Deflating Supply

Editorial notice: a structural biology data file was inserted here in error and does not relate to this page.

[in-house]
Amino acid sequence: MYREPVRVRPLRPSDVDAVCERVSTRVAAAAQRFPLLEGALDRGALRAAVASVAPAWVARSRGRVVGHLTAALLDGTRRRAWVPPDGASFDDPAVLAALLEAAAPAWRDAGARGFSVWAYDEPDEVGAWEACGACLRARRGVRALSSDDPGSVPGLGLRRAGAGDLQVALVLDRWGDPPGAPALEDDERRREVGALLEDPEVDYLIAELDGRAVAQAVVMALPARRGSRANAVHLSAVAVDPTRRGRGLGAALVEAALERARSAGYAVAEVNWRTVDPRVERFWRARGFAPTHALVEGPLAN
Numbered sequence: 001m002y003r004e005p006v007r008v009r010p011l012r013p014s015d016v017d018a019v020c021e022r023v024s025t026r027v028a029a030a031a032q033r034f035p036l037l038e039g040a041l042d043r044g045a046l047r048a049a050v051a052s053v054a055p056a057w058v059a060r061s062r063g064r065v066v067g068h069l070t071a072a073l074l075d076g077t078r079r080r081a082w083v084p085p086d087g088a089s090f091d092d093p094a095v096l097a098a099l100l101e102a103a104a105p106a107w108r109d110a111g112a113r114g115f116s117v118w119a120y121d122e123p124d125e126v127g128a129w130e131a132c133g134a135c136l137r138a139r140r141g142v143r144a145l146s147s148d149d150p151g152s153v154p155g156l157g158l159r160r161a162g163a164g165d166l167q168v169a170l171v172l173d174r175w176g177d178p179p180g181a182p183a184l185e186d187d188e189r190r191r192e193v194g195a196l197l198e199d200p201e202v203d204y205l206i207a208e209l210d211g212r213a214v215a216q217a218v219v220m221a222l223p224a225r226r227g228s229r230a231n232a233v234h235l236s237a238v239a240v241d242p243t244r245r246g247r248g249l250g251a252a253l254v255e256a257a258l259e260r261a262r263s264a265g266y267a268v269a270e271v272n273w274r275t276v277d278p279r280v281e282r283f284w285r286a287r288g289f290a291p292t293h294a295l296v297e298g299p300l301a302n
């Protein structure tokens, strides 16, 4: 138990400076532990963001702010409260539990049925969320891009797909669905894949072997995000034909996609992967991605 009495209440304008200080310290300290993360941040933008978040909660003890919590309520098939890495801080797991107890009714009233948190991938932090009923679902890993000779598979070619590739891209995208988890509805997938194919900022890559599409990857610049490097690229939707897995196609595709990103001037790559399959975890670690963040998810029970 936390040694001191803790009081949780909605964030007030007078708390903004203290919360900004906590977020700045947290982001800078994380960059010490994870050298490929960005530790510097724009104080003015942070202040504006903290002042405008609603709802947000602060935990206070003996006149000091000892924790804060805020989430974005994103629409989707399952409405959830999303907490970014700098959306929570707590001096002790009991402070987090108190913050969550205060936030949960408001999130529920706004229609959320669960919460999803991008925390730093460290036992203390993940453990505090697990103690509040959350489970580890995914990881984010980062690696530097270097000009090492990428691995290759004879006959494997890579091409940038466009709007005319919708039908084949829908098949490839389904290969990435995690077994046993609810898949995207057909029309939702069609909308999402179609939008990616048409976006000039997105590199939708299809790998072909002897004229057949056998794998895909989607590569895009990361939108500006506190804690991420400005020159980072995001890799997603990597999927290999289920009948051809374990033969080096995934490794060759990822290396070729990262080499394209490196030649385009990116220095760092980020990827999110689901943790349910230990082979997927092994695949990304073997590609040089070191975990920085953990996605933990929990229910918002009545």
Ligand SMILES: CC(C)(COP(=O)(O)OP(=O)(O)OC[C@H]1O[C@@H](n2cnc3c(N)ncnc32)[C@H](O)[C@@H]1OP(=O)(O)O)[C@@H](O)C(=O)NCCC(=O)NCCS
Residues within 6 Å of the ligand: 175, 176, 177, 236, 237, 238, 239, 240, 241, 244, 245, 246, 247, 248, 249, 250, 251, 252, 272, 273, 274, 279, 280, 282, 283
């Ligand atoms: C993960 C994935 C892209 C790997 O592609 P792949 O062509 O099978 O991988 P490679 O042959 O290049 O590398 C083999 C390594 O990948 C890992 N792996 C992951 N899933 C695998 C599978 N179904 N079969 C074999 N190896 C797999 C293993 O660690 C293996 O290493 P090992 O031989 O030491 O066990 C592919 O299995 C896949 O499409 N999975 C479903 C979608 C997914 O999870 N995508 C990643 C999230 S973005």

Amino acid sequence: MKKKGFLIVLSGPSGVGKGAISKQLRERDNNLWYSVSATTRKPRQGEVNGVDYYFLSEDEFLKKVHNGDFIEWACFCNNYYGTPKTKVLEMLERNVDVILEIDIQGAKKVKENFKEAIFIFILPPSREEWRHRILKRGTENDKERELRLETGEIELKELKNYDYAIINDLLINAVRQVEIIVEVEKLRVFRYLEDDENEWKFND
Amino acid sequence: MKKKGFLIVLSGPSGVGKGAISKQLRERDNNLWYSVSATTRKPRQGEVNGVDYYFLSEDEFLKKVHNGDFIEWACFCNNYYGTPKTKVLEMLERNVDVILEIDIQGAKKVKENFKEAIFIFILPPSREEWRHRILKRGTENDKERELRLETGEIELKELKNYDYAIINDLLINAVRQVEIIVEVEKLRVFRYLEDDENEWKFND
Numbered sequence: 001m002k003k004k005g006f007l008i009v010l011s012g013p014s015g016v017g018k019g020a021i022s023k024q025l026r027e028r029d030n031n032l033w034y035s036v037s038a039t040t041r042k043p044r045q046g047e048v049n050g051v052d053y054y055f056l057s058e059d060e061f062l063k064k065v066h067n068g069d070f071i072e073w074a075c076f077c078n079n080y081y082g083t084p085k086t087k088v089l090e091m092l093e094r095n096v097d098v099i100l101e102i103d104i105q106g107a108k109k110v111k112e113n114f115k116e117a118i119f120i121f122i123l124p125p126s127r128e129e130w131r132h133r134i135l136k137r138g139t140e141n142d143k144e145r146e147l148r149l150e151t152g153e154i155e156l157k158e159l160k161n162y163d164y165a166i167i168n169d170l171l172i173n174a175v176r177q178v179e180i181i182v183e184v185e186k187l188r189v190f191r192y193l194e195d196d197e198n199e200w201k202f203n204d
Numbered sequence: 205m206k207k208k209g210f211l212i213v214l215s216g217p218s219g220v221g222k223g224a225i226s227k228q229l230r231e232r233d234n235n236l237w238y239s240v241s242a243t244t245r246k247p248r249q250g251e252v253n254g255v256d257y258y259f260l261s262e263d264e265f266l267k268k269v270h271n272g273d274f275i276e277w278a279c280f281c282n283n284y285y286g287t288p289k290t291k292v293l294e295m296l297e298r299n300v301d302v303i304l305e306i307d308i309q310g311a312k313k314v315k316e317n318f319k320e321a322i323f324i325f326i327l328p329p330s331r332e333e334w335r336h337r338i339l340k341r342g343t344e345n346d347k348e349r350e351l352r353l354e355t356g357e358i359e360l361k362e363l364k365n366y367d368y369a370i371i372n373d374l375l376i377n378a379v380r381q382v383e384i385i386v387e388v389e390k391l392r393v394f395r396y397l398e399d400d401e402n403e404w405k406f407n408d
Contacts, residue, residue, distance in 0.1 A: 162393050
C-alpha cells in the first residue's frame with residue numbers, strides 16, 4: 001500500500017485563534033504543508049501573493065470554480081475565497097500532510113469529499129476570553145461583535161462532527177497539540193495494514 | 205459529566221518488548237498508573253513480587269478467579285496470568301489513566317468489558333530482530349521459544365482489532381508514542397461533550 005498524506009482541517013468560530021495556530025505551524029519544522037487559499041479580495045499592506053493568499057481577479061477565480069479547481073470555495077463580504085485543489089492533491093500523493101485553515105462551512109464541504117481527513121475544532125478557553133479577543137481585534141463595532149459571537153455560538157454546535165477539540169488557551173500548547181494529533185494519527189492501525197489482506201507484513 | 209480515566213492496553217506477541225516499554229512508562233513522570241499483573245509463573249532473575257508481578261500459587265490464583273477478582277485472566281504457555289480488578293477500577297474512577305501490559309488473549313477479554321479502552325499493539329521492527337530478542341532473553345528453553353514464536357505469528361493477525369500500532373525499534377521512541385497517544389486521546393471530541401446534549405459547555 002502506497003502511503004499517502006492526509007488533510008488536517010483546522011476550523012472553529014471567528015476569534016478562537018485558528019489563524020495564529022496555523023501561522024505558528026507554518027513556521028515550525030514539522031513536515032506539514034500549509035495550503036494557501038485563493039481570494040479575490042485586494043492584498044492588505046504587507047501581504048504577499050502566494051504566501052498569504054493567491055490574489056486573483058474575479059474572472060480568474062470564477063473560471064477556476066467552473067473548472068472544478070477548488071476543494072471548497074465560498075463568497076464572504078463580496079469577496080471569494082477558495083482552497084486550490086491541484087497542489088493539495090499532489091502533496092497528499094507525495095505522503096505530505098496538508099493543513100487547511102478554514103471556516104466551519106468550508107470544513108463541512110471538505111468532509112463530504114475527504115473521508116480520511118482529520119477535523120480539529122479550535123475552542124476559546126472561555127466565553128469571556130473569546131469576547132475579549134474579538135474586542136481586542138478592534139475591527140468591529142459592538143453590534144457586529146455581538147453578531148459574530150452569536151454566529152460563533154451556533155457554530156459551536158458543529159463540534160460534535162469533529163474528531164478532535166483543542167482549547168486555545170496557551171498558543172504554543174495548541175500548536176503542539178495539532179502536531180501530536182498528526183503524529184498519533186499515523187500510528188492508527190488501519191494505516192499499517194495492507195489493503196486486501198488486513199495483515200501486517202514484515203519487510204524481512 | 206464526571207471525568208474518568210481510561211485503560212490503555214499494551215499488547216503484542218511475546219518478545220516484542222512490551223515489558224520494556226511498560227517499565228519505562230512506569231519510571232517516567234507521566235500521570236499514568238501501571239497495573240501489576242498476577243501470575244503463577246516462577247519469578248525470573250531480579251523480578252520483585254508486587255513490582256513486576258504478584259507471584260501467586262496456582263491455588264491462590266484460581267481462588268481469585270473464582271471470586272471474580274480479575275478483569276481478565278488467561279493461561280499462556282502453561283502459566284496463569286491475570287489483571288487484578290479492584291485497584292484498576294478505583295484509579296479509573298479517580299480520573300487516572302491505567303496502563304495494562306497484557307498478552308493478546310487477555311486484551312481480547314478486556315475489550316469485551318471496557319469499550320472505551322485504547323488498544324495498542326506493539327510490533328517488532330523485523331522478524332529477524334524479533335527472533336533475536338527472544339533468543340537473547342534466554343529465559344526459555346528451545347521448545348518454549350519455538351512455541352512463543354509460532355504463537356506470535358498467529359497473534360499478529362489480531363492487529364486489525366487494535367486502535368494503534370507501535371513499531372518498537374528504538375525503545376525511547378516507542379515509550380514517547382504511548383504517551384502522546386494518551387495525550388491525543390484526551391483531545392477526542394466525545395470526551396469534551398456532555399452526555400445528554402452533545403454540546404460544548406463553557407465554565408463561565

The cost of doing business is inflating for Lake Havasu’s Ann Lavasseor. Like other party retailers around the country, Lavasseor says she’s seen helium prices take a dramatic rise as the nation’s helium shortage continues. For local residents, that means it may be difficult to find those old celebration standbys, mylar balloons. A sign outside Dollar Tree in Lake Havasu City warns customers that the store isn’t selling the balloons because of the shortage. The lack of helium supply is also affecting hospitals and manufacturers. Lavasseor, an event coordinator with Party Express, says the price of a tank has increased from $80 to $200 in the last four years. “When prices for helium go up that means balloon prices have to be raised and we don’t want to make balloons pricey to consumers,” she said. Dollar Tree gets a helium supply each month, and when it runs out, the store must wait until the next month’s shipment from a Las Vegas supplier. Helium, a byproduct of natural gas, is extracted from gas pockets located beneath the earth’s crust. A reserve in West Texas stores the nation’s helium supply. Roughly four years ago, a worldwide decrease in the production of natural gas resulted in a tightening of helium supplies. Coupled with high demand, the shortage meant an immediate rise in prices and that doesn’t appear to be changing. Balloons, perhaps the most well-known of helium’s uses, account for a relatively small amount of production. The gas is also used to cool hospital equipment such as MRI machines, operation of air ships, certain welding procedures and for industrial leak detection. According to Chris Flores, chief operations officer at Havasu Regional Medical Center, the hospital isn’t yet concerned about the national shortage. “We don’t anticipate any impact at our hospital operations at this moment despite the shortage, ” he said. As for the future of balloons, Lavasseor doesn’t expect the bubble to burst anytime soon. “We are already starting to rethink the way we do balloons,” she said. “We may not have to fill them with just helium; we will have to start propping them up with sticks like the small balloons you find sold at stores,” said Lavassoer. We will keep finding ways to fill them with more air and less helium.”

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